On March15, the Minnesota Vikings’ Adrian Peterson called the NFL “modern-day slavery” during an interview with Yahoo! Sports.

“It’s modern-day slavery, you know?” Peterson said. “People kind of laugh at that, but there are people working at regular jobs who get treated the same way, too. With all the money, the owners are trying to get a different percentage, and bring in more money.”

His comment was later removed from the article. However, news outlets and blogs across the nation reported on Peterson’s quote and most vehemently disagreed with the star running back’s words.

The opportunity to earn millions of dollars for playing a game is something that only a handful of fortunate individuals get a chance to experience. It doesn’t come close to the mental and physical hardships of slavery.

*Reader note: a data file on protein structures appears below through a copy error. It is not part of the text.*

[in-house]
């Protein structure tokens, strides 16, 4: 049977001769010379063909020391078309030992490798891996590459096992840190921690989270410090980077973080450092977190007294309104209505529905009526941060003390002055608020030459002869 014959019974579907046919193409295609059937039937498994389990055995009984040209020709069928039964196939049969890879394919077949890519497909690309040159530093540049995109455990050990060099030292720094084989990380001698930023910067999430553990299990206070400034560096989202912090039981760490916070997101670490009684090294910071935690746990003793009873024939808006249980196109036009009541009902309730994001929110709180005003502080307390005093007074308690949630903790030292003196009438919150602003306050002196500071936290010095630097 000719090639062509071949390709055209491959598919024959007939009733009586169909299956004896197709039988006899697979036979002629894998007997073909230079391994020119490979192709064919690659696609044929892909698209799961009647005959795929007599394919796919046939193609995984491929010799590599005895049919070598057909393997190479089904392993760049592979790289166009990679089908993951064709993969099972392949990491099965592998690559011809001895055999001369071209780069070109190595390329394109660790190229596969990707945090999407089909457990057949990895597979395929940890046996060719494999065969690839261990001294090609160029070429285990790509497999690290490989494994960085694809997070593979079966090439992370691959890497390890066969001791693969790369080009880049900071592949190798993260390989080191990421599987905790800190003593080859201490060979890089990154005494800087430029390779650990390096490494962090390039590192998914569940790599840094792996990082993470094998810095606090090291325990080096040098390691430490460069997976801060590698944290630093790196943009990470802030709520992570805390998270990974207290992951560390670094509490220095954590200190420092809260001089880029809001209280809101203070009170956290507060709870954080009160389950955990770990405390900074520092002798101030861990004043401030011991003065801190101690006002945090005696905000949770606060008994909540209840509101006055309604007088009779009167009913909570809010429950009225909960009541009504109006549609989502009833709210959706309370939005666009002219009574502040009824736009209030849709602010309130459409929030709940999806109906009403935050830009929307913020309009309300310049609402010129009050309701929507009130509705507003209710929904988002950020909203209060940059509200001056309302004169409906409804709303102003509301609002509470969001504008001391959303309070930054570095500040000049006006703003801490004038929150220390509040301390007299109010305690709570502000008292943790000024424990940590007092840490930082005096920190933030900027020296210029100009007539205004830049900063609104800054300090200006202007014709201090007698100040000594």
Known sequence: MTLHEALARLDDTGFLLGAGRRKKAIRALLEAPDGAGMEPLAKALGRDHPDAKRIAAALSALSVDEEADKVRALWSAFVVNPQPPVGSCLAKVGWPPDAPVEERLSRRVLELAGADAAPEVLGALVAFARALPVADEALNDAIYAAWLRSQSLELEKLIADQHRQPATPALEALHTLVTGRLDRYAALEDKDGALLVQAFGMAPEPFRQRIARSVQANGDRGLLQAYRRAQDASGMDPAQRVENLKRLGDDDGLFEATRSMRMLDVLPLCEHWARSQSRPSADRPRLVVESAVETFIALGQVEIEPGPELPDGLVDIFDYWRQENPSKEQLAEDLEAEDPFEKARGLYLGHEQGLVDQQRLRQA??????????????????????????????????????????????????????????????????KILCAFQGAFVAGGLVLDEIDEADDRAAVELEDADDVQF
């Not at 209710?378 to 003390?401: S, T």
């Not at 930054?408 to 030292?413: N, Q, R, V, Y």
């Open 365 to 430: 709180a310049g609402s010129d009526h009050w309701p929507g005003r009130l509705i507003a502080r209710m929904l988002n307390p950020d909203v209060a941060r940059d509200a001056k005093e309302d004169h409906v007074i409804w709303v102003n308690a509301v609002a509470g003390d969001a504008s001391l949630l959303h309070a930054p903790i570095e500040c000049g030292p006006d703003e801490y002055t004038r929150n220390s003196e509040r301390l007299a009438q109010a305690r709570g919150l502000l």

But the racial dynamics in today’s sports can’t be ignored. Whenever a professional league is comprised of mostly black players that are employed by white owners, conflict can occur when the two sides disagree on issues.

And when it comes to the NFL, owners are insensitive to the players who earn them billions.

An NFL player’s career lasts about three years on average, while NFL owners maintain their position for 18 years. As a result, players are replaced quickly and often face health issues once their playing days are over. With high divorce rates and chronic health ailments, some retired NFL players are living close to the poverty level.

The NFL has become a $9 billion industry, but the owners are unwilling to provide proper compensation to the players who have made the league what it is today. –amir shaw